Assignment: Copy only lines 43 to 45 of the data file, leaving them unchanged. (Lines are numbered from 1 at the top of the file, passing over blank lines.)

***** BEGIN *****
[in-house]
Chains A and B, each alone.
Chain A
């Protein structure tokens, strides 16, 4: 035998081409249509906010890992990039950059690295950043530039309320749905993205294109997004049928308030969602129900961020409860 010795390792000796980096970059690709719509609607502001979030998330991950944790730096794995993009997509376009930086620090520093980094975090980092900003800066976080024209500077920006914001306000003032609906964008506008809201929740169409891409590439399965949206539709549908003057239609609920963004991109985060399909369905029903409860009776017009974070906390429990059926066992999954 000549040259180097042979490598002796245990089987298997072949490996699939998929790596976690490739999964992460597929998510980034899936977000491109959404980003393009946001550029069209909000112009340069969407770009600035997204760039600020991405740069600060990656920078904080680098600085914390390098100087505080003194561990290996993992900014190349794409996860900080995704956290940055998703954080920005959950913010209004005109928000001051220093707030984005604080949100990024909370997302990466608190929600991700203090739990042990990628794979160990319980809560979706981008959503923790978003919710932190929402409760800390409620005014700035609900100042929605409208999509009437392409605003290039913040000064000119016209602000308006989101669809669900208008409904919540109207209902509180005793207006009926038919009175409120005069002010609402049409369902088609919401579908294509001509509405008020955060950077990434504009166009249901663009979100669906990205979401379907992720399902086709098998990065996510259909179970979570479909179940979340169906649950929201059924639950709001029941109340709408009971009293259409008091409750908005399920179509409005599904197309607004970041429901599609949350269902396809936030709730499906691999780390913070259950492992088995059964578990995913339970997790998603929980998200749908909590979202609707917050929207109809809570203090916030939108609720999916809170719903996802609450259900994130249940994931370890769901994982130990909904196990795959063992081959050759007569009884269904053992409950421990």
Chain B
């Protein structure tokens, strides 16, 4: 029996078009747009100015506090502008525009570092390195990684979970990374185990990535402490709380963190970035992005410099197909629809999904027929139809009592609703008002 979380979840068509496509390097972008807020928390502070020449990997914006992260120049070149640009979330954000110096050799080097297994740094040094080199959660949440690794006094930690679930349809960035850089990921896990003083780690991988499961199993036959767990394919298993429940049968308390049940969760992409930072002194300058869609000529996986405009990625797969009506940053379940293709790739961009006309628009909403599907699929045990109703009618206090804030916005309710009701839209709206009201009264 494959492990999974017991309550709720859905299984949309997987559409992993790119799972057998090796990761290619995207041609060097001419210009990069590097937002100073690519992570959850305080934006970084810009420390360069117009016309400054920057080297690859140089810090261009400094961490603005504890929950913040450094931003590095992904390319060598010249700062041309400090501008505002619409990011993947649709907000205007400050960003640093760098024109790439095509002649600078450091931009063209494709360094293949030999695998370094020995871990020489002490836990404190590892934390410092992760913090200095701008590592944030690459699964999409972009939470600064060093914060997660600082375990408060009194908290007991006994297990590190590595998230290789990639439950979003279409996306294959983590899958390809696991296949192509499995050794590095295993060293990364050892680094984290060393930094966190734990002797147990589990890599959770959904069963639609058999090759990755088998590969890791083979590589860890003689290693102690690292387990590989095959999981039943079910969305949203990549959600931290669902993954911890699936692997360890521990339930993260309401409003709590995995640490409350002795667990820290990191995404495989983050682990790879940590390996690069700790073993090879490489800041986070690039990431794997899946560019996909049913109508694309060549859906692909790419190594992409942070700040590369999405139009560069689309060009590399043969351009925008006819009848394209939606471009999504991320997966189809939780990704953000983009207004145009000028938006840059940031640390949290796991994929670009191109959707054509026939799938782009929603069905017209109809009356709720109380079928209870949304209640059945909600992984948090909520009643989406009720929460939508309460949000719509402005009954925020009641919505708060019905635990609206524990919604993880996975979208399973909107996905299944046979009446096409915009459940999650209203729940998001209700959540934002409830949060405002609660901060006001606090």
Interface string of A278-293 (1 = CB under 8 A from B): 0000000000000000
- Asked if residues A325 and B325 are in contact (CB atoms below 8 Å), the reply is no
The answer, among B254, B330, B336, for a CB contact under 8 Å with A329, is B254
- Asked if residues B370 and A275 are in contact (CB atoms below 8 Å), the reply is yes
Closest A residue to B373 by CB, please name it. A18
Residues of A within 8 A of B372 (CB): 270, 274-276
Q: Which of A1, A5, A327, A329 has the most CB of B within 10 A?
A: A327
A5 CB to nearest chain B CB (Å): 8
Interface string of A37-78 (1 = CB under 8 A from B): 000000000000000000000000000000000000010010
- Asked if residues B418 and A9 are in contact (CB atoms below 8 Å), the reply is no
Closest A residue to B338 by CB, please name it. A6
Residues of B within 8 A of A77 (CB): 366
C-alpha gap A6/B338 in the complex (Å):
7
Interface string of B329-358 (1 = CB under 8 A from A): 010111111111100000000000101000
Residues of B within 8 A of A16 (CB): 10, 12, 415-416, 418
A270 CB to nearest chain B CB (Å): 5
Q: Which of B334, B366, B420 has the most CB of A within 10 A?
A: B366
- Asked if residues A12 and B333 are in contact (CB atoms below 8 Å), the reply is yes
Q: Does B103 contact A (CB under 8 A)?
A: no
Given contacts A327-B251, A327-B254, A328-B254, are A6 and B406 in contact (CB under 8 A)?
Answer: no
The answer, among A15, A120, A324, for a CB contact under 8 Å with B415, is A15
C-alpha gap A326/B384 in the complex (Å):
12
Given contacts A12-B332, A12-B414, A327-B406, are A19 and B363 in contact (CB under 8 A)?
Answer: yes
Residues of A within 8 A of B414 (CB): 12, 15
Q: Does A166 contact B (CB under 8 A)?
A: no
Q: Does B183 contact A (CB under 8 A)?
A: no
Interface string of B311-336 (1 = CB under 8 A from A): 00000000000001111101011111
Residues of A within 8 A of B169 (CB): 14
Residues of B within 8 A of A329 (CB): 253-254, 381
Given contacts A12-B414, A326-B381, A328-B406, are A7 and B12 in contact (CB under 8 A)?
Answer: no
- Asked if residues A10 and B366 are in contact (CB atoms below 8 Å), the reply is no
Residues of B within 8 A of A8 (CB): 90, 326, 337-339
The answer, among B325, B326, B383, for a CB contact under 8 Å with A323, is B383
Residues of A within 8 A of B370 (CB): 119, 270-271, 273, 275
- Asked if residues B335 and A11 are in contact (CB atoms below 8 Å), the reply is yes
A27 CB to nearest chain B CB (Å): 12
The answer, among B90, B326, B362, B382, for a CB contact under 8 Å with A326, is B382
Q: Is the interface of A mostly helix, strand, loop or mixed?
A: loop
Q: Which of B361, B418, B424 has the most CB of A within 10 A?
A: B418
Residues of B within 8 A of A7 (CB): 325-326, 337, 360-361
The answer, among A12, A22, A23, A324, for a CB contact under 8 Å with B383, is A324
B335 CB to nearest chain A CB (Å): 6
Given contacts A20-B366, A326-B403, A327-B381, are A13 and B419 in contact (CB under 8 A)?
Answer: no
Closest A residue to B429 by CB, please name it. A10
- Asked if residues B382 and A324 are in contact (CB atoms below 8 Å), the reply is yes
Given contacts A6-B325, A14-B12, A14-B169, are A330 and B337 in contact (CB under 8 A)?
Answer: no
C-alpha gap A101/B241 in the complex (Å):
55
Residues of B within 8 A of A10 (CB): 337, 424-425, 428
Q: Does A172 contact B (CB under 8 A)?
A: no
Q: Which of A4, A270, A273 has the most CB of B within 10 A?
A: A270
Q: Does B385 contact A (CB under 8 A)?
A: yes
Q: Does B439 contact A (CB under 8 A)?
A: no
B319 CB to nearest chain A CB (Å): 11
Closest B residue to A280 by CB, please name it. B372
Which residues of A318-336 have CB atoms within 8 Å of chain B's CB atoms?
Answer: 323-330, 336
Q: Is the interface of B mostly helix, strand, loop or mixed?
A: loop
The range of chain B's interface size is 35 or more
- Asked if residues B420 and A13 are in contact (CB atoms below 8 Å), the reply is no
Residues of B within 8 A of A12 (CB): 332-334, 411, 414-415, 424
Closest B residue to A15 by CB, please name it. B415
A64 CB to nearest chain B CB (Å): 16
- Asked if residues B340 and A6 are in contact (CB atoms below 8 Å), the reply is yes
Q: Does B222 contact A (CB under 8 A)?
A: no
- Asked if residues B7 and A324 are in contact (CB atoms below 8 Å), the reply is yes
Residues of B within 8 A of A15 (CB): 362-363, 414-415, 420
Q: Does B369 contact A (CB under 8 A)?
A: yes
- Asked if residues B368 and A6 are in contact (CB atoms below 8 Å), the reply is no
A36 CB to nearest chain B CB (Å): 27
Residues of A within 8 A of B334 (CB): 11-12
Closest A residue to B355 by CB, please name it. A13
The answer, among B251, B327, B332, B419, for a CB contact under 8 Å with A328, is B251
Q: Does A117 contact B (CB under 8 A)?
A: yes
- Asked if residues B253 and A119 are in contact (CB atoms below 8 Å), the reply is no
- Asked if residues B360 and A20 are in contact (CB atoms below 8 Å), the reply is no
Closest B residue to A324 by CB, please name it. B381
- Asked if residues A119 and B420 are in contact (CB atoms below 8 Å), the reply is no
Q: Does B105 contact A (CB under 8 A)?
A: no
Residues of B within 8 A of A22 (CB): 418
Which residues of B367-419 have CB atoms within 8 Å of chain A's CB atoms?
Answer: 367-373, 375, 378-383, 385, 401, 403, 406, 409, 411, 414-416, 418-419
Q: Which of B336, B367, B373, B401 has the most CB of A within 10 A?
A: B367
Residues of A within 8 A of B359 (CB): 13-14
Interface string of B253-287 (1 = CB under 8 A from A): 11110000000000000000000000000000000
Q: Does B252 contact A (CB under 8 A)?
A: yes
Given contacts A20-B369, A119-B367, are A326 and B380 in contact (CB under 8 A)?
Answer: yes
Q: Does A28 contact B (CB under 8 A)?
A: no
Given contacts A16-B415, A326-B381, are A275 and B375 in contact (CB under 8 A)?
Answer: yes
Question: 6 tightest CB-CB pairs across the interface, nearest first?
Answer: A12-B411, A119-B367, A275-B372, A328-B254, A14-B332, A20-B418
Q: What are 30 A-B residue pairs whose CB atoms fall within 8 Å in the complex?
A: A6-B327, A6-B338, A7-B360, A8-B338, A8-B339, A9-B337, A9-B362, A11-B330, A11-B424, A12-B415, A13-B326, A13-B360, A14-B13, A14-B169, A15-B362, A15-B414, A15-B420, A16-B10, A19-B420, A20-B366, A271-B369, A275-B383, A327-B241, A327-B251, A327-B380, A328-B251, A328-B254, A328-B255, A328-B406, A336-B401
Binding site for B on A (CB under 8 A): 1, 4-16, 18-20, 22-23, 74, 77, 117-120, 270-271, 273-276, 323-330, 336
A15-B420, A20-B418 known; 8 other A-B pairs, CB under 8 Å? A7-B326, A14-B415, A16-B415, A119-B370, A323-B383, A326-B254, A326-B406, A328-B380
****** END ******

Residues of A within 8 A of B169 (CB): 14
Residues of B within 8 A of A329 (CB): 253-254, 381
Given contacts A12-B414, A326-B381, A328-B406, are A7 and B12 in contact (CB under 8 A)?